Cultural Differences

By: Travis Rind, Foster Undergraduate

This was my first Thanksgiving spent outside the US, and the first time experiencing it with non-Americans. We took the opportunity to share a cultural tradition and host a potluck. Everyone brought dishes from their home countries to share – with everything from crepes to sashimi! (But don’t fear, we still had the traditional oven-roasted turkey and mashed potatoes.) Everyone was very curious about this distinctly American tradition, and I enjoyed sharing our culture with others.

I was particularly surprised with how wide-spread American influence was overall. Grocery stores had Thanksgiving displays, and even our dormitory dining hall offered a ‘traditional American’ Thanksgiving feast complete with spicy chicken wings, chili dogs, BBQ ribs, and French fries. Clearly there is a bit of a cultural gap that may take a bit more understanding.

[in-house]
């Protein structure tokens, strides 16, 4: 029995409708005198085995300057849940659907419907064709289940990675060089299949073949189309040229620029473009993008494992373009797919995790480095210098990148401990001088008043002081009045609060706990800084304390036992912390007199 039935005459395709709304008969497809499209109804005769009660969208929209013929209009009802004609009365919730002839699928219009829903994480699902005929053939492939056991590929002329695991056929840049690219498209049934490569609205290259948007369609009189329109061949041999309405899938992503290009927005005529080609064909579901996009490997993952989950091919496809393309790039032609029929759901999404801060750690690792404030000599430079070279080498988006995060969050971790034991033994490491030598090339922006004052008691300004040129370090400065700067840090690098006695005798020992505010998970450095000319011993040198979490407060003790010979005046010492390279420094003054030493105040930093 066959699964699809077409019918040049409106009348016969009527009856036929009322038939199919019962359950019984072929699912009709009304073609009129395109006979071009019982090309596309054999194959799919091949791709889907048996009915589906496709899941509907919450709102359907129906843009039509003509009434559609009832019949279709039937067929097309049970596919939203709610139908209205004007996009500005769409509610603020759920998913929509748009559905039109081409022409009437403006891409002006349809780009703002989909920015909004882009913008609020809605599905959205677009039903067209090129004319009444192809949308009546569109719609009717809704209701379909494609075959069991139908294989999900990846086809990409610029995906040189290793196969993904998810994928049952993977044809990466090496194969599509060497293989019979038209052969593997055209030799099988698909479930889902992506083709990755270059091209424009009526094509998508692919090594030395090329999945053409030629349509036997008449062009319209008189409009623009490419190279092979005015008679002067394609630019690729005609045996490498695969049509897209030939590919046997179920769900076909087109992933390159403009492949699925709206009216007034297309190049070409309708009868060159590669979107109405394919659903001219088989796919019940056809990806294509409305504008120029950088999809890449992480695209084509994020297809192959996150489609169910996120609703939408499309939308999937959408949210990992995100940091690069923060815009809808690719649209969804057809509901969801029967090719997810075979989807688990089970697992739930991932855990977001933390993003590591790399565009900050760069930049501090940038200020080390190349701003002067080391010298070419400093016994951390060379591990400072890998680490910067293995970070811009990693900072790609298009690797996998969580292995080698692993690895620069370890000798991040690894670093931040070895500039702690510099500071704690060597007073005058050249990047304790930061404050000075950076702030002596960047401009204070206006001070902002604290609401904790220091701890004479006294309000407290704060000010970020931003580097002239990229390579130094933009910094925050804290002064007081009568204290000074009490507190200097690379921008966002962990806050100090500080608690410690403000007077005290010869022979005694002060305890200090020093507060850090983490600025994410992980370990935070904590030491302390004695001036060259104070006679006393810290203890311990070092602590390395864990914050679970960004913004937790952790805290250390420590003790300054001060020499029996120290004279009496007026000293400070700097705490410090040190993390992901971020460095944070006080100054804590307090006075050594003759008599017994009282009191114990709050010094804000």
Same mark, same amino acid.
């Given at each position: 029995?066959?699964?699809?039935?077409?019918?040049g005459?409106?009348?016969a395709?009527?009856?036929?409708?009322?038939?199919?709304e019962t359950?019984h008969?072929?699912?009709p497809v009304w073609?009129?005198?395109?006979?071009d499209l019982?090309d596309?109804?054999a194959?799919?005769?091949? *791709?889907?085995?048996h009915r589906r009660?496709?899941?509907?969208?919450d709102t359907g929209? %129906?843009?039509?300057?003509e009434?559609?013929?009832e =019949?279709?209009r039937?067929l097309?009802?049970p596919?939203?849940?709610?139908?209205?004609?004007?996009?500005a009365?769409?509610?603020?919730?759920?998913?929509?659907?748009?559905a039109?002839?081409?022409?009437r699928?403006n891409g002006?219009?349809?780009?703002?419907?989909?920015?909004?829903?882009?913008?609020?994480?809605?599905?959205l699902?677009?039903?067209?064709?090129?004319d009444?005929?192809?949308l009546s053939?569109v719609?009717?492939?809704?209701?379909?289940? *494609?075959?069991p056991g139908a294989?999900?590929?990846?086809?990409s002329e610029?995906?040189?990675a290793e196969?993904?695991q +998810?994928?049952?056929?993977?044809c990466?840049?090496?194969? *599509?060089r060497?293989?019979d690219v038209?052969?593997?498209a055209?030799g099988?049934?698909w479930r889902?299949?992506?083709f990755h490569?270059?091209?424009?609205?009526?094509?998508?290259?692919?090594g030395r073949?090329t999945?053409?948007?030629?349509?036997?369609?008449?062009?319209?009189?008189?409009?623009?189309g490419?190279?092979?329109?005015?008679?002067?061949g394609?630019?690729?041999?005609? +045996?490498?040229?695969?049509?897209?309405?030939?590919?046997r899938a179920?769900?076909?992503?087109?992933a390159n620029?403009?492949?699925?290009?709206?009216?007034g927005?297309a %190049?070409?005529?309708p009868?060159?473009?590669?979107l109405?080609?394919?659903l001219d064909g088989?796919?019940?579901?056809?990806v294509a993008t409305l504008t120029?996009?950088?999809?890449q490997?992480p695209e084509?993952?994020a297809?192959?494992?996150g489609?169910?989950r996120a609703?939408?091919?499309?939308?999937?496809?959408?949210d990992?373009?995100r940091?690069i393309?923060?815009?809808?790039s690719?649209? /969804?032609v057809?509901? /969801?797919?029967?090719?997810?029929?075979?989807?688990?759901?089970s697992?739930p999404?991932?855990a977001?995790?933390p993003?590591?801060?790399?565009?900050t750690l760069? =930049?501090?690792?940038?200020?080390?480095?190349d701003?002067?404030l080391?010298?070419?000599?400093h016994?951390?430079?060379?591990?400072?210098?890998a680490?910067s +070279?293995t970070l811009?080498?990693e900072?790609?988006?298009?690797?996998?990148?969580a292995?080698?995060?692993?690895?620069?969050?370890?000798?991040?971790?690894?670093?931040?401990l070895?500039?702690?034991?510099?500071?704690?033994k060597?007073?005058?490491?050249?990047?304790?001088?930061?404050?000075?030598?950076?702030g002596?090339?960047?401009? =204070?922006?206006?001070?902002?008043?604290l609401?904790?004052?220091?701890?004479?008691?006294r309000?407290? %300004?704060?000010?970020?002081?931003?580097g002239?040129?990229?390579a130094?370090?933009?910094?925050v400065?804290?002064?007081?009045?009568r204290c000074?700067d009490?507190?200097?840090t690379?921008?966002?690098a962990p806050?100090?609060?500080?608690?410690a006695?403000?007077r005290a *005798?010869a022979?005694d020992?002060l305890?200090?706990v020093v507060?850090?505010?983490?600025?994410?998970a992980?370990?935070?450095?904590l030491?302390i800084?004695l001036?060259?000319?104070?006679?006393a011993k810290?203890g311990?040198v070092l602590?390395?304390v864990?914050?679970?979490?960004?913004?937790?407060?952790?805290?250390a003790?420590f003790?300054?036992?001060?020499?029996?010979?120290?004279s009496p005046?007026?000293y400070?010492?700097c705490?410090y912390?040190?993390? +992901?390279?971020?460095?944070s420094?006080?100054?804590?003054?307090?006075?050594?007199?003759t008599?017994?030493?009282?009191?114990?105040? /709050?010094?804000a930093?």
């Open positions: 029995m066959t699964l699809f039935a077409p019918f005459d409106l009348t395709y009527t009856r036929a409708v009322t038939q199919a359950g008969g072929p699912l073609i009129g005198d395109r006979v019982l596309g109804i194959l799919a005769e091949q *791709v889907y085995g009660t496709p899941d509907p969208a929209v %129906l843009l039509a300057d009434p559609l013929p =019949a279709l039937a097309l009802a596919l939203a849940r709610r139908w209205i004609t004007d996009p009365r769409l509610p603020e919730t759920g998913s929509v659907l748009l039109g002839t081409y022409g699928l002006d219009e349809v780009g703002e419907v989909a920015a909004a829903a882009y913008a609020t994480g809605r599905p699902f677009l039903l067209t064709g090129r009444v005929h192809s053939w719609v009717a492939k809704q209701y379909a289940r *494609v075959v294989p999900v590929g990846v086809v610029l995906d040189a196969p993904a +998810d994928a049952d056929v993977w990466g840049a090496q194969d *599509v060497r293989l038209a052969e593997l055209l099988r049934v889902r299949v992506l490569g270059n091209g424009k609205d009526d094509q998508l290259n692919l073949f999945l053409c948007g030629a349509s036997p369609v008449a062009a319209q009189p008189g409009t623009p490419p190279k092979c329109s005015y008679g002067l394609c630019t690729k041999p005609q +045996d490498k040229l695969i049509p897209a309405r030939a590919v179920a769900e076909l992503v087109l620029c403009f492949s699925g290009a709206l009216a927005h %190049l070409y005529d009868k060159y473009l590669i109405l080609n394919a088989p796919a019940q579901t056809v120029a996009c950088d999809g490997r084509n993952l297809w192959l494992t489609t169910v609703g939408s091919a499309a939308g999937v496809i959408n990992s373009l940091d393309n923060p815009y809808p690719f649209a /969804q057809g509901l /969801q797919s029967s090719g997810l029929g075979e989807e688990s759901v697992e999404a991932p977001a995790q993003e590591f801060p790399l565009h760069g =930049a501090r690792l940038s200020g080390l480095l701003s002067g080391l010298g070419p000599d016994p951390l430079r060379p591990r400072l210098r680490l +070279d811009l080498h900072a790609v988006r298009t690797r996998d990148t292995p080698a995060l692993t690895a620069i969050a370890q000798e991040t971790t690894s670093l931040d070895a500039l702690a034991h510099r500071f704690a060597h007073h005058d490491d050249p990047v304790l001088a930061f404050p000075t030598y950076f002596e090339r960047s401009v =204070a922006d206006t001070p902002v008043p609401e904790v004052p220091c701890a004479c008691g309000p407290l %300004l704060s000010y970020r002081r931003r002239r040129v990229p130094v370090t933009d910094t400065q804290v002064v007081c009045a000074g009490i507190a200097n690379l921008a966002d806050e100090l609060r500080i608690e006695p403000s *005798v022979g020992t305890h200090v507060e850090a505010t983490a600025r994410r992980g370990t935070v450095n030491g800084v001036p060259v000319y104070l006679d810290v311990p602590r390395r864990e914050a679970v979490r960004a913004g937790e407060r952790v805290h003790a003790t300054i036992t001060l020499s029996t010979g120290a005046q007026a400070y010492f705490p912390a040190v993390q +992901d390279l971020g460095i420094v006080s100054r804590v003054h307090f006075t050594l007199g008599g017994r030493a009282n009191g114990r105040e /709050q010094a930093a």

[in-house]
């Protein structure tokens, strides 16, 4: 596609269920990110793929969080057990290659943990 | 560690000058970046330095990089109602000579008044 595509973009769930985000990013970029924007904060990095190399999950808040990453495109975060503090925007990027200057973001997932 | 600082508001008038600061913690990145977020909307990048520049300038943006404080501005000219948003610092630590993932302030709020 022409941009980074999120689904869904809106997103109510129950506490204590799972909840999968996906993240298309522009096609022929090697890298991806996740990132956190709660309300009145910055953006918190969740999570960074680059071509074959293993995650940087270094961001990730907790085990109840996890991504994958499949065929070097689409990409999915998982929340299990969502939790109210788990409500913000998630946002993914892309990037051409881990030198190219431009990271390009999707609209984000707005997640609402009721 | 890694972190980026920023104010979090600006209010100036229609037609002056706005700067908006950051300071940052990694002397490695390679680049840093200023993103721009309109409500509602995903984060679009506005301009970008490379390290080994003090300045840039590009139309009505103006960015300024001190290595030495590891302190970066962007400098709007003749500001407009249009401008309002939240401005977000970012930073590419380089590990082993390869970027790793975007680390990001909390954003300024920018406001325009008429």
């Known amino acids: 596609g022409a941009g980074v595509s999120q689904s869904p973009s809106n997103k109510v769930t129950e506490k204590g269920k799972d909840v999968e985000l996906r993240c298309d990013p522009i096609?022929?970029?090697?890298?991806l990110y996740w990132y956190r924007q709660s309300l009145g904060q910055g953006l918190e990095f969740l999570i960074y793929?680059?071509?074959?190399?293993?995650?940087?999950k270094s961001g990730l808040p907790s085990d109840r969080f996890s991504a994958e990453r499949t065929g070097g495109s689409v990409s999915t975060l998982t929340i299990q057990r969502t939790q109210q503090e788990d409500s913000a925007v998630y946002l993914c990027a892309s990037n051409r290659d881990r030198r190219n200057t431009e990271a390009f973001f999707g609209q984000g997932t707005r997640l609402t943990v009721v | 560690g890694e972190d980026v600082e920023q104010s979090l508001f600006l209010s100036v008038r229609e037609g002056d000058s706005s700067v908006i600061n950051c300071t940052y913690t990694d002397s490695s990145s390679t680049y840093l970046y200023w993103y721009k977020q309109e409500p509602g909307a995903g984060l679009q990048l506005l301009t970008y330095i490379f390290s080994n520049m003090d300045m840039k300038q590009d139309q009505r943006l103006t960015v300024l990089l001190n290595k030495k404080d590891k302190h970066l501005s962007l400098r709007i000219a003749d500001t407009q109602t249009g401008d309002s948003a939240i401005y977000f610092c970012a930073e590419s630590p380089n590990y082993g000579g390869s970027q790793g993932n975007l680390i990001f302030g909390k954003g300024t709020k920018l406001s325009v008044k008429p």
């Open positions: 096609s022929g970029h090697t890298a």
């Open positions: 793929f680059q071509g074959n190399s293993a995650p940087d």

Europeans were also very interested and well-versed in American politics. Because the US is such an influential power player in global affairs, many felt that their nations were directly impacted by American policy. The presidential election was followed ardently, and a lot of the other exchange students and locals even stayed up through the night to watch the election results live on television.

These experiences have made me realize how lacking Americans typically are in understanding other cultures. I’m not sure how many people know what St. Andrew’s Day is or can name the prime minister of the United Kingdom, but being abroad has helped me realize the importance of educating oneself about global affairs. Not only is it practical knowledge for being in the realm of business, but you are able to have much more lively and engaging conversations with others when you expand your knowledge base.